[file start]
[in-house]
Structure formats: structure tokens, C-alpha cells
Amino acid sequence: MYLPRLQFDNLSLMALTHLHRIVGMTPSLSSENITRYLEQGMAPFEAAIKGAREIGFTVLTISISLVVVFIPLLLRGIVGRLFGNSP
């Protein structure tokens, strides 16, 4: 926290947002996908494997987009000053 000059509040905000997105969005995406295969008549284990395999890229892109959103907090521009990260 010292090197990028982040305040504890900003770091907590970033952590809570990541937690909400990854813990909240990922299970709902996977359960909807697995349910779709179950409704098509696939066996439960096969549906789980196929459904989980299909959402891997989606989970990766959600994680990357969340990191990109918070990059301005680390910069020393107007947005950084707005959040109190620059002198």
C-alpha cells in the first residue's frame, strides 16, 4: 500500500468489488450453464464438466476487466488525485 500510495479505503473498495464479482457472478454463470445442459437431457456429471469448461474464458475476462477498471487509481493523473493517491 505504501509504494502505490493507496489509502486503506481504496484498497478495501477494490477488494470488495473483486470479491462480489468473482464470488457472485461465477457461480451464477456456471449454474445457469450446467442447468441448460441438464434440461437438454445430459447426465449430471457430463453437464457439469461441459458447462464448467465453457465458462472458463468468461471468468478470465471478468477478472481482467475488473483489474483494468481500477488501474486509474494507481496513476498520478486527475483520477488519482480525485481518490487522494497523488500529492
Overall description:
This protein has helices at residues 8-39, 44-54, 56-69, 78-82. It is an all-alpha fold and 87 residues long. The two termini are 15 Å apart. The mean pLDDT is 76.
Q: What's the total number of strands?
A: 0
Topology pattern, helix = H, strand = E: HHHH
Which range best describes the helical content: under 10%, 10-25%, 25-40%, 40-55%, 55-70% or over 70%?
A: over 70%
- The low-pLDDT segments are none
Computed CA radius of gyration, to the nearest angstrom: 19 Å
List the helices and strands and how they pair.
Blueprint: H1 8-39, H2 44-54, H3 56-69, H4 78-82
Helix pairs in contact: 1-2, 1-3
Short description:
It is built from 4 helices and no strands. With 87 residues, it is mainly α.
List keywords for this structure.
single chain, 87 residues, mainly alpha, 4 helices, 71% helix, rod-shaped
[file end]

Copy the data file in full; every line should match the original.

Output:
[in-house]
Structure formats: structure tokens, C-alpha cells
Amino acid sequence: MYLPRLQFDNLSLMALTHLHRIVGMTPSLSSENITRYLEQGMAPFEAAIKGAREIGFTVLTISISLVVVFIPLLLRGIVGRLFGNSP
């Protein structure tokens, strides 16, 4: 926290947002996908494997987009000053 000059509040905000997105969005995406295969008549284990395999890229892109959103907090521009990260 010292090197990028982040305040504890900003770091907590970033952590809570990541937690909400990854813990909240990922299970709902996977359960909807697995349910779709179950409704098509696939066996439960096969549906789980196929459904989980299909959402891997989606989970990766959600994680990357969340990191990109918070990059301005680390910069020393107007947005950084707005959040109190620059002198």
C-alpha cells in the first residue's frame, strides 16, 4: 500500500468489488450453464464438466476487466488525485 500510495479505503473498495464479482457472478454463470445442459437431457456429471469448461474464458475476462477498471487509481493523473493517491 505504501509504494502505490493507496489509502486503506481504496484498497478495501477494490477488494470488495473483486470479491462480489468473482464470488457472485461465477457461480451464477456456471449454474445457469450446467442447468441448460441438464434440461437438454445430459447426465449430471457430463453437464457439469461441459458447462464448467465453457465458462472458463468468461471468468478470465471478468477478472481482467475488473483489474483494468481500477488501474486509474494507481496513476498520478486527475483520477488519482480525485481518490487522494497523488500529492
Overall description:
This protein has helices at residues 8-39, 44-54, 56-69, 78-82. It is an all-alpha fold and 87 residues long. The two termini are 15 Å apart. The mean pLDDT is 76.
Q: What's the total number of strands?
A: 0
Topology pattern, helix = H, strand = E: HHHH
Which range best describes the helical content: under 10%, 10-25%, 25-40%, 40-55%, 55-70% or over 70%?
A: over 70%
- The low-pLDDT segments are none
Computed CA radius of gyration, to the nearest angstrom: 19 Å
List the helices and strands and how they pair.
Blueprint: H1 8-39, H2 44-54, H3 56-69, H4 78-82
Helix pairs in contact: 1-2, 1-3
Short description:
It is built from 4 helices and no strands. With 87 residues, it is mainly α.
List keywords for this structure.
single chain, 87 residues, mainly alpha, 4 helices, 71% helix, rod-shaped